You’ve enrolled in college/university and you find out that a gym membership at your school is a part of your tuition (it is at most schools in America now). You know you should use it since you’re technically paying for it.
Or if you’re from the UK, you may as well join the gym, I mean, what else you going to do with all that spare time?
It’s a good way to meet people and you’d love to build an impressive physique. But the problem being, you’ve got absolutely no idea where or how to start.
If that description fits you, then this is the perfect article for you!
The problem most college-age kids have when it comes to getting started with bodybuilding is, well, getting started. Analysis paralysis is real and it keeps a lot of people from beginning, especially young people.
What supplements should I use? What exercises should I do? How much rest should I take? What should I eat?
This article will cut through all the fluff and give you EXACTLY what you need to be a successful student bodybuilder!
Plus, you’ll learn the piece of gym equipment that costs $2 but will help you pack on tons of muscle.
Let’s start with what is usually the most difficult to understand, nutrition.
First, you need to decide on a direction to go. Do you want to begin by cutting fat or building muscle? This is totally up to you and should be decided based on your priorities.
Once you’ve chosen, the next thing to do is consume the amount of calories you need to reach your goal.
There’s a concept in science called energy balance. Energy balance refers to the relationship between energy (calories) and your bodily functions. If you consume more calories than your body needs to maintain its functions, you’ll gain weight. If you consume fewer calories than your body needs to maintain its functions, then you’ll lose weight.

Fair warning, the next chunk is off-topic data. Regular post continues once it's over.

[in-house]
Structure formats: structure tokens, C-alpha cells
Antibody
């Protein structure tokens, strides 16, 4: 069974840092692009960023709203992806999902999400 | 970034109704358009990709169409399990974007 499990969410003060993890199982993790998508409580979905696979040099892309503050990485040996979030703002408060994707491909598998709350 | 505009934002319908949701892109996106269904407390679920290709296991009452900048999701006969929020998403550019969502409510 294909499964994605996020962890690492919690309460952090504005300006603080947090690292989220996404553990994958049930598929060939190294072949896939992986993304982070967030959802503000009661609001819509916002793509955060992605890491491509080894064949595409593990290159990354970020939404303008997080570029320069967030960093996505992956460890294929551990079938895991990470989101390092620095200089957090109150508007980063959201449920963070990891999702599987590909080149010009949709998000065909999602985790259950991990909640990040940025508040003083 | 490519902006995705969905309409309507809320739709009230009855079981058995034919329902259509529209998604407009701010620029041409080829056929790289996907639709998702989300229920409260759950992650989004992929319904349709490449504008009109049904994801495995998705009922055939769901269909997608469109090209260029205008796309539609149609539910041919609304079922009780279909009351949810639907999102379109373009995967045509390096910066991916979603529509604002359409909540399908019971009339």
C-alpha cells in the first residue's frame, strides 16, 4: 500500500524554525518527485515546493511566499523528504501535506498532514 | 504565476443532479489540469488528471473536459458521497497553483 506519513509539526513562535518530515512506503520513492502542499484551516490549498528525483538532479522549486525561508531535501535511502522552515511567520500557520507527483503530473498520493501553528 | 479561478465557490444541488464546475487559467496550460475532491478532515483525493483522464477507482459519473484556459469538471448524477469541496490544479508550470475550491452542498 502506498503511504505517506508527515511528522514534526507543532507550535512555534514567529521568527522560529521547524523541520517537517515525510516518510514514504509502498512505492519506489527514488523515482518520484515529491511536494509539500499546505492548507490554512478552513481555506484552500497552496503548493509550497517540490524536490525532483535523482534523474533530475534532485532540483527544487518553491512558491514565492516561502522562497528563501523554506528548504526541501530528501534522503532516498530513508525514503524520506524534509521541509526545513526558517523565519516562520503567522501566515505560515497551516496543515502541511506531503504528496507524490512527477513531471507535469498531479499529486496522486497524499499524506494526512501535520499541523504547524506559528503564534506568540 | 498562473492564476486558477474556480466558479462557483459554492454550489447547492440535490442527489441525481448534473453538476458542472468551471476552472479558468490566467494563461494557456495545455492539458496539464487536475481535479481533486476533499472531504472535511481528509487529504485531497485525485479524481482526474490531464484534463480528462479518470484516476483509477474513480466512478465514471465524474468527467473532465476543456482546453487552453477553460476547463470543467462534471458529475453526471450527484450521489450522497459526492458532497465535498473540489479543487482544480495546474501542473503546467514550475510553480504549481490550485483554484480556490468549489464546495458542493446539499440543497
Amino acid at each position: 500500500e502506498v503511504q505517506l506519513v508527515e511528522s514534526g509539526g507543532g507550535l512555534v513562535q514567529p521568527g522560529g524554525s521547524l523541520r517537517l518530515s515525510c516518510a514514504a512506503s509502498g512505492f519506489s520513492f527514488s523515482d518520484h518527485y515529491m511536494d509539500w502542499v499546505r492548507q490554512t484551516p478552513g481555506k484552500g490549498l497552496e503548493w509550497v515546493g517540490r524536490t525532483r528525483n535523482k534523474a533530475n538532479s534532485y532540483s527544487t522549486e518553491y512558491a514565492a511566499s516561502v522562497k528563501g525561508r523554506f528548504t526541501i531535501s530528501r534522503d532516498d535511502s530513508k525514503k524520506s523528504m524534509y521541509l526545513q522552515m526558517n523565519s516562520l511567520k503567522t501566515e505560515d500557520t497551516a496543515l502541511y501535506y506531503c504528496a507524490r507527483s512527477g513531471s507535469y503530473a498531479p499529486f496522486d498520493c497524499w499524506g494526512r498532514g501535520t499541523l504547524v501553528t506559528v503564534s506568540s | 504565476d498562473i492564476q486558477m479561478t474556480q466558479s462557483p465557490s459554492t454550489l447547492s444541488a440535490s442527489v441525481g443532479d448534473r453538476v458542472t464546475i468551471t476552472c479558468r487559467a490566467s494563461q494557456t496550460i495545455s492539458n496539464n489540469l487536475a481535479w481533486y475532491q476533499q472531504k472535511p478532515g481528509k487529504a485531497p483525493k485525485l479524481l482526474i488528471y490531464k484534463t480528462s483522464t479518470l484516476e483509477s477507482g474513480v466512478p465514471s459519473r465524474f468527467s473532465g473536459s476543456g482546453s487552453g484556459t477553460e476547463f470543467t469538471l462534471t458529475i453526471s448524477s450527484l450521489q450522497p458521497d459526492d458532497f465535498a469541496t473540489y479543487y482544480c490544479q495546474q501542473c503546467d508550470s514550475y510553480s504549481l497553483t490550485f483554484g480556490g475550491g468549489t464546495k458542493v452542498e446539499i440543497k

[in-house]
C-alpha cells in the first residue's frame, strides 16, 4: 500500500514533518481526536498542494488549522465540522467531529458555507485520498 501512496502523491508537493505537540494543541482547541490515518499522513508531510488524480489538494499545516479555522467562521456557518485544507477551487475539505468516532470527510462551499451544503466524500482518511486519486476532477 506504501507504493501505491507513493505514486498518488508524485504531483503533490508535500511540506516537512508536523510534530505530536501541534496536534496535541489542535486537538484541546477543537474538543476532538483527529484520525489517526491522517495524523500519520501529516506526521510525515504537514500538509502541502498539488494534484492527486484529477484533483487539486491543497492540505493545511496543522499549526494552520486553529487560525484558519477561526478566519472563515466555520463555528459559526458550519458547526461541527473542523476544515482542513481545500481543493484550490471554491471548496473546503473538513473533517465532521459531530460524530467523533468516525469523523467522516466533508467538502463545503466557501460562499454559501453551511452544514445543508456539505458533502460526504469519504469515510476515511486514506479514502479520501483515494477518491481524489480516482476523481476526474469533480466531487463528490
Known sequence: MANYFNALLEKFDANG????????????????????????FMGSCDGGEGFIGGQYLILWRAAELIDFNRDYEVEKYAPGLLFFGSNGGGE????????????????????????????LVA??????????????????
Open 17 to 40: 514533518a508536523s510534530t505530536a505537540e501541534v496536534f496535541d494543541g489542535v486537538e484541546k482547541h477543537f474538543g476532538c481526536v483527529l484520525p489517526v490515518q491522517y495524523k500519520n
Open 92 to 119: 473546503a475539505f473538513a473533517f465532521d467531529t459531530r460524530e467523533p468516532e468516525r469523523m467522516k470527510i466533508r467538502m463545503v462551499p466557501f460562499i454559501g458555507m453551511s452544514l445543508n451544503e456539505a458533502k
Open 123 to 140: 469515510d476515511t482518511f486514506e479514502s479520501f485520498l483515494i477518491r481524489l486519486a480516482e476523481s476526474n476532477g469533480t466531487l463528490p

Then how do you know how many calories to consume? Luckily we have previously dived into this subject. If you want to lose weight then check out How much should I be eating to cut bodyfat? And if you want to put on muscle mass then check out How many calories do I need when Bulking?
Next, you need to know how many calories are in the foods you’re consuming. You can learn this by checking the nutrition facts on the back of any food container or package.
This may sound like an arduous process, and it can be in the beginning. Yes, your roommate may give you odd looks or even make jokes. But it gets much easier over time.
To make this process a whole lot easier, you can download an app called MyFitnessPal. This app allows you to scan the barcode of the foods your eating to keep a running total of your daily intake. 90% of the foods found in the supermarket are on the app, so it makes calorie counting 10 times easier.
Also, you may have a meal plan you’re paying for. If you do, then calorie counting becomes significantly more difficult.
You can’t bring the food scale with you to the eating area after all. If you’re mostly eating from a cafeteria, then make healthy choices (no fried or sugary stuff) and compare your diet with how you’re progressing.
If you’re losing or gaining the weight you want, then things are going well with your diet. If you’re not progressing, then either cut or add more calories to your overall diet.
Again, we’re going to keep things simple and to the point. But we do need to cover a bit of science first.
Here are a couple of short programs that are perfect for a beginner to start packing on the muscle.
You can do this on any day of the week.